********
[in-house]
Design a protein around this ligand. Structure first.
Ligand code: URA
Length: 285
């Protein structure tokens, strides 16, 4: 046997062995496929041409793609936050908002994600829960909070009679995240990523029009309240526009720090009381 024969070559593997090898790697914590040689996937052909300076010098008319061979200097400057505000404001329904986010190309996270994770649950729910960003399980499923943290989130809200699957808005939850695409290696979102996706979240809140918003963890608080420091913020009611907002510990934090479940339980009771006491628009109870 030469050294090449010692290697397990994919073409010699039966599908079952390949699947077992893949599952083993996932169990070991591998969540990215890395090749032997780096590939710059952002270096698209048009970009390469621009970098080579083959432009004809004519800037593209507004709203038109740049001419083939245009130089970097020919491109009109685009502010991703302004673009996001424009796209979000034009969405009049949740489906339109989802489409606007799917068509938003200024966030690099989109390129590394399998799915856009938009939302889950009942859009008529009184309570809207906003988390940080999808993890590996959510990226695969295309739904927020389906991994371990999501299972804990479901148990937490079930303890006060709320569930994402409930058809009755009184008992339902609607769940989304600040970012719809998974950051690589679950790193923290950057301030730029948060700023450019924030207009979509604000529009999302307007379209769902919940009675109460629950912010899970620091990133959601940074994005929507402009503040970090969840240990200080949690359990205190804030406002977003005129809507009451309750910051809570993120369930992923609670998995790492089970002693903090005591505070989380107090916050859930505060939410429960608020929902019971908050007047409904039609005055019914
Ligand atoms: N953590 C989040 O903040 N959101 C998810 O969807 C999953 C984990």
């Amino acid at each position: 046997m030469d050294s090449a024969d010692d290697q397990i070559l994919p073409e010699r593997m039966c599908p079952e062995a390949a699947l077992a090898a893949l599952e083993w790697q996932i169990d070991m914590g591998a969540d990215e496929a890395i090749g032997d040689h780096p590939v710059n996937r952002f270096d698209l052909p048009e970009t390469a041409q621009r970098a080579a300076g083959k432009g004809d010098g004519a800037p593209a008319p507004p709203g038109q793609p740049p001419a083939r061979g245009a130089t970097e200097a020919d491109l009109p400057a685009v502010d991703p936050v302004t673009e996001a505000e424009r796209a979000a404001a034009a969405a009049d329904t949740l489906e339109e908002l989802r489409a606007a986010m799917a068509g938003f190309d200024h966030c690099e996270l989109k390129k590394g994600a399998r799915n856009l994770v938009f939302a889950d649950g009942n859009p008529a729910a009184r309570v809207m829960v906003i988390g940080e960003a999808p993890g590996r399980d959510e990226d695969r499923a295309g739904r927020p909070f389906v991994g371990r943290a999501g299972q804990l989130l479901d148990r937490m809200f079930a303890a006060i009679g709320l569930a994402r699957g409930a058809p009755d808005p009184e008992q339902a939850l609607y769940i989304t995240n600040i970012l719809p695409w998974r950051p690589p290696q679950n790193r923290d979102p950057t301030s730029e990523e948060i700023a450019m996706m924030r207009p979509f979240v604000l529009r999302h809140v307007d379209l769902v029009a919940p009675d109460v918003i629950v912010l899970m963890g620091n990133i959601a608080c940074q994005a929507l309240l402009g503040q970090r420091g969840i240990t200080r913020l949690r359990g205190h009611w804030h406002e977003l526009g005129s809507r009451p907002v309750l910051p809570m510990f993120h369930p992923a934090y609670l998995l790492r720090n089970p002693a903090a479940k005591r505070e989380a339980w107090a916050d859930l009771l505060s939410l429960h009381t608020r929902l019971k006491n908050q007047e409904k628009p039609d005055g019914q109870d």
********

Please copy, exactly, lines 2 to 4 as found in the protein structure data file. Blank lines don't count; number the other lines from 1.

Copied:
Design a protein around this ligand. Structure first.
Ligand code: URA
Length: 285